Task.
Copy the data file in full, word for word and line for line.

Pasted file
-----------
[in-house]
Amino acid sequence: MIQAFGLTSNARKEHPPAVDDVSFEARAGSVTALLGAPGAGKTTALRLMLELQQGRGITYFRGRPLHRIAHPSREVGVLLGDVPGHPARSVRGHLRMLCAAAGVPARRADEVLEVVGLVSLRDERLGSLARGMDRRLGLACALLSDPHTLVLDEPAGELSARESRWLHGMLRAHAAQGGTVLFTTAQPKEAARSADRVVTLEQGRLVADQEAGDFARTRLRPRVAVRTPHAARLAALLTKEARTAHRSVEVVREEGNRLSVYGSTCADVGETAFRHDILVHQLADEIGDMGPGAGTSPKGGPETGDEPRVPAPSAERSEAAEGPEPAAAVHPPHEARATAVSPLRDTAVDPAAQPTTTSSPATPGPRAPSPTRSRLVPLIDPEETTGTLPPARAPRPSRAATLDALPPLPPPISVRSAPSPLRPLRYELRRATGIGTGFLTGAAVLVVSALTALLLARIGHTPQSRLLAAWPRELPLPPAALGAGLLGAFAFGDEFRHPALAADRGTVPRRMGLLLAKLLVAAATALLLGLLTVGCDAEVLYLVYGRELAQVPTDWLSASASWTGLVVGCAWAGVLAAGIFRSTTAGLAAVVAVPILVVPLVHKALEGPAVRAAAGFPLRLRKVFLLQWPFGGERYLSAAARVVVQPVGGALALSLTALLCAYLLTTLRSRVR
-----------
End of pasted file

[in-house]
Amino acid sequence: MIQAFGLTSNARKEHPPAVDDVSFEARAGSVTALLGAPGAGKTTALRLMLELQQGRGITYFRGRPLHRIAHPSREVGVLLGDVPGHPARSVRGHLRMLCAAAGVPARRADEVLEVVGLVSLRDERLGSLARGMDRRLGLACALLSDPHTLVLDEPAGELSARESRWLHGMLRAHAAQGGTVLFTTAQPKEAARSADRVVTLEQGRLVADQEAGDFARTRLRPRVAVRTPHAARLAALLTKEARTAHRSVEVVREEGNRLSVYGSTCADVGETAFRHDILVHQLADEIGDMGPGAGTSPKGGPETGDEPRVPAPSAERSEAAEGPEPAAAVHPPHEARATAVSPLRDTAVDPAAQPTTTSSPATPGPRAPSPTRSRLVPLIDPEETTGTLPPARAPRPSRAATLDALPPLPPPISVRSAPSPLRPLRYELRRATGIGTGFLTGAAVLVVSALTALLLARIGHTPQSRLLAAWPRELPLPPAALGAGLLGAFAFGDEFRHPALAADRGTVPRRMGLLLAKLLVAAATALLLGLLTVGCDAEVLYLVYGRELAQVPTDWLSASASWTGLVVGCAWAGVLAAGIFRSTTAGLAAVVAVPILVVPLVHKALEGPAVRAAAGFPLRLRKVFLLQWPFGGERYLSAAARVVVQPVGGALALSLTALLCAYLLTTLRSRVR